However Awkward, Boards Need to Confront Overconfident CEOs

In “The Board’s Role in Strategy in a Changing Environment”, Reeves et a from BCG’s Henderson Institute note that in a complex and fast changing world, “corporate strategy is becoming both more important and increasingly challenging for today’s leaders.” They note that both investors and CEO’s are saying that boards need to spend more time on strategy.

We fully agree with these points. However, our research into the relationship between board chairs and CEOs raised an even more important point, which has recently appeared in two new research papers.

In “CEO Overconfidence and the Probability of Corporate Failure”, Leng et al find that, unsurprisingly, increasing CEO overconfidence raises the probability of firm bankruptcy. What was more interesting was their finding that large boards had a bigger impact on reducing the bankruptcy risk associated with overconfident CEOs than small boards. But when a CEO is not overconfident, the latter proved to be more effective.

However, another paper makes it clear that restraining an overconfident CEO is something that many boards find easier said than done. In “Director Perceptions of Their Board’s Effectiveness, Size and Composition, Dynamics, and Internal Governance”, Cheng et al note that almost all directors reported that the size of their board was “just right”, despite the wide variation in actual board size.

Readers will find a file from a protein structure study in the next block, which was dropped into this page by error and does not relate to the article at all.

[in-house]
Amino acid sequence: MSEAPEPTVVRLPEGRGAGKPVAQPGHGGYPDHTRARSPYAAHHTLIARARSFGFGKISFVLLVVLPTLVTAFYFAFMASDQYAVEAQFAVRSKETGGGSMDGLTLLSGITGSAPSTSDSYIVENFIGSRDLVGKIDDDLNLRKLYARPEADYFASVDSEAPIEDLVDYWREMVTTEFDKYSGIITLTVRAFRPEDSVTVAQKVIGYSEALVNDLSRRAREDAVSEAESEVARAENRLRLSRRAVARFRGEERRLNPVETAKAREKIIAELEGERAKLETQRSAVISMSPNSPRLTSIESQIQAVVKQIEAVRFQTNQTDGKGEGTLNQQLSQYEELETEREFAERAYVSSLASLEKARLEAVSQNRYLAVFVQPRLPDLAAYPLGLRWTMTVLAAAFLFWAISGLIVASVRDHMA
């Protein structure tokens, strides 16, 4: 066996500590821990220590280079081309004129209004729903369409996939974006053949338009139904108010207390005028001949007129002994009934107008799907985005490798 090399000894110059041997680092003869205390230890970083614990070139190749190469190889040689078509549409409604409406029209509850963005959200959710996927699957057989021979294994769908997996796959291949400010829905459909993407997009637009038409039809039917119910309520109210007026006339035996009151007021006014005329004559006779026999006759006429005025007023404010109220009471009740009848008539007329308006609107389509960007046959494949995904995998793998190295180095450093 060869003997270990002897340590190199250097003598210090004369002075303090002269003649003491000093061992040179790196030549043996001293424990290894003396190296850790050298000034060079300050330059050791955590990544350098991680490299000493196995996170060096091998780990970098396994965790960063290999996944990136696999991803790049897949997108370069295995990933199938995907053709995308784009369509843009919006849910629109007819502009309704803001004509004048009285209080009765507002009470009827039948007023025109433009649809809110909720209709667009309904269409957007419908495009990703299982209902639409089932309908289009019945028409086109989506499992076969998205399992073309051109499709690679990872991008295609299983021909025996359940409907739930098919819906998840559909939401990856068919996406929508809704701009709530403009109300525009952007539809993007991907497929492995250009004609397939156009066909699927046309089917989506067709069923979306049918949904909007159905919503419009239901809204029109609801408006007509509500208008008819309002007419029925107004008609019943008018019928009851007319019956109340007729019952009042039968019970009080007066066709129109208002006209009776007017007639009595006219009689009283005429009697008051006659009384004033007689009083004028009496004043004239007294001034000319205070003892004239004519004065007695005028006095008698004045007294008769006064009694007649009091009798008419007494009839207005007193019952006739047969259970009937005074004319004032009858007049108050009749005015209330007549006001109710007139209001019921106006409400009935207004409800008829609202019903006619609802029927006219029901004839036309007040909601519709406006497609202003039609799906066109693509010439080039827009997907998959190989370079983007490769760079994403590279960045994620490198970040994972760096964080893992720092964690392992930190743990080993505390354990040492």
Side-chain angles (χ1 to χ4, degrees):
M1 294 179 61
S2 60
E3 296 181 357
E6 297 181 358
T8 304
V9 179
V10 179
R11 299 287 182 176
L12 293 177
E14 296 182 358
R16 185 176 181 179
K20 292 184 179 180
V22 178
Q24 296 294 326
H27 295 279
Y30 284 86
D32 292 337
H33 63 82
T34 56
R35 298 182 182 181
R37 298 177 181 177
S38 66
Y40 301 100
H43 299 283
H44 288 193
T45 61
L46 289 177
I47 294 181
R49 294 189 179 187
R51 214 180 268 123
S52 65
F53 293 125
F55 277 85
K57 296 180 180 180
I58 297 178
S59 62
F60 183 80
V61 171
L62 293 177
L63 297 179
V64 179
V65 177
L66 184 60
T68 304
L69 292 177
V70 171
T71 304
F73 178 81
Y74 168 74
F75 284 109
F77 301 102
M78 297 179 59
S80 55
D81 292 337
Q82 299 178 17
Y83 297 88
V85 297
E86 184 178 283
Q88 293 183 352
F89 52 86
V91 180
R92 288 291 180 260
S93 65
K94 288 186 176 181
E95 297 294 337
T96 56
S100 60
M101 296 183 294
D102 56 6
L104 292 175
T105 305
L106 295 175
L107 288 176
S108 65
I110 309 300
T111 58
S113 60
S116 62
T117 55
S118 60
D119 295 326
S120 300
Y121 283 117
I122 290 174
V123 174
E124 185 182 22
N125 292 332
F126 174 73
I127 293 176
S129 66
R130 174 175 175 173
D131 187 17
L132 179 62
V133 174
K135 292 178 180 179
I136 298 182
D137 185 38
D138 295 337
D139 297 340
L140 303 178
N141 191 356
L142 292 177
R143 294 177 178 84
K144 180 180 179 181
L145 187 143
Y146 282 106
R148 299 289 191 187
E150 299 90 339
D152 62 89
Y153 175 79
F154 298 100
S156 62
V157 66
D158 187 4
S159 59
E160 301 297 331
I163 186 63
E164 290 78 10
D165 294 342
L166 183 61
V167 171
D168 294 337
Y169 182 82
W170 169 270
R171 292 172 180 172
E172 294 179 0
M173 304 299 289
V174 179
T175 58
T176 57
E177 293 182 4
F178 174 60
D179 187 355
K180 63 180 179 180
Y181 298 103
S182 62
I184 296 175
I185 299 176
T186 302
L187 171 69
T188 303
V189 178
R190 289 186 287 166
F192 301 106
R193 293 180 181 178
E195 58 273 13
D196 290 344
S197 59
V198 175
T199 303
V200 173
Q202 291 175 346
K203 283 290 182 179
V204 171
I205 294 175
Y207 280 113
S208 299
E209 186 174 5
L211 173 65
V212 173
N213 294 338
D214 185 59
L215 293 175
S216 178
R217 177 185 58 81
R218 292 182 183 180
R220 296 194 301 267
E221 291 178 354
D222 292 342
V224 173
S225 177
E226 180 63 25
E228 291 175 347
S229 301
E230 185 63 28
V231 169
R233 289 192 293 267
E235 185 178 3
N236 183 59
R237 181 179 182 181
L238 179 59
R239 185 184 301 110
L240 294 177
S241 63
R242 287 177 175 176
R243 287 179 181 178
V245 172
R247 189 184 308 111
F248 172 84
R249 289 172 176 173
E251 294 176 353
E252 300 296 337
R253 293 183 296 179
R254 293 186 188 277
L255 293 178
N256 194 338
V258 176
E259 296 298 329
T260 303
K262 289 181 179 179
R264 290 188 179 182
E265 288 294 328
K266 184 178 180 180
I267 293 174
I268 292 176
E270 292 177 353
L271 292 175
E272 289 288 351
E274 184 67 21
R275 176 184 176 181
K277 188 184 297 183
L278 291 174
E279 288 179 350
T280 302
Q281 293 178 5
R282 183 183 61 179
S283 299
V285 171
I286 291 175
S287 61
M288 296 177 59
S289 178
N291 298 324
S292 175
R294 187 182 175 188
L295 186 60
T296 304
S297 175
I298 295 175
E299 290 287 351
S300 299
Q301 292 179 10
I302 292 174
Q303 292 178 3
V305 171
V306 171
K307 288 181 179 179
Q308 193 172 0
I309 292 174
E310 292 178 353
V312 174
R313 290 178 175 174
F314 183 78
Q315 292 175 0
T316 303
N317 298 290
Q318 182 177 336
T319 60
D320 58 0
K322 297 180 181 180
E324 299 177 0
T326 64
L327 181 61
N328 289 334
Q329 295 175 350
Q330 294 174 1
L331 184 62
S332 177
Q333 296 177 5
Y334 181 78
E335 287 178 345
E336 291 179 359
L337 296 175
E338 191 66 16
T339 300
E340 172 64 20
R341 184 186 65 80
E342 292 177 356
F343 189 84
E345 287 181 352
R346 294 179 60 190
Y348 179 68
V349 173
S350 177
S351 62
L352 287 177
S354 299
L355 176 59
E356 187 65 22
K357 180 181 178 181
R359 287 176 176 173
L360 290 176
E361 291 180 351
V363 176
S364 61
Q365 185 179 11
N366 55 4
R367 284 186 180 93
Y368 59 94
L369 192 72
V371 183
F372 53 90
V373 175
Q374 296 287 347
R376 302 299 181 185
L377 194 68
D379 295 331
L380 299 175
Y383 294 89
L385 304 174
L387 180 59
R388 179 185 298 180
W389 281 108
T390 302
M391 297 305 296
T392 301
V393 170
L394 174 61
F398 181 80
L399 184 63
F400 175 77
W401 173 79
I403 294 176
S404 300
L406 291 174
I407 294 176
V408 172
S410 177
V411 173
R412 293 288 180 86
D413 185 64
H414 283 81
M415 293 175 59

Moreover, while directors generally highly rated their board’s effectiveness, the weakest ratings were typically given to their performance in evaluating their CEO. The authors note that, “boards seem to see their primary function as providing counsel to, rather than monitoring the CEO.” This finding was backed by some painful director quotes, including

“We have not been effective in dealing with a highly aggressive CEO”

“Our board has been too slow to move on poorly performing CEOs”

“We put too much trust in the CEO and management team”

To be sure, this is not a new phenomenon. For example, in Berkshire Hathaway’s 1988 Annual Report, Warren Buffett famously observed hat “At board meetings, criticism of the CEO’s performance is often viewed as the social equivalent of belching.”

Unfortunately, heightened uncertainty tends to make human beings – including management teams and board directors – more likely to conform to the views of the group, even when it is led by an overconfident CEO. Indeed, in the face of uncertainty, overconfidence often increases in order to keep feelings of confusion and vulnerability at bay. You can see how this can easily trigger social dynamics that lead to organizational crisis and failure.

Challenging an overconfident CEO is never easy. But it is often one of the most critical activities non-executive chairs and directors perform.

blog comments powered by Disqus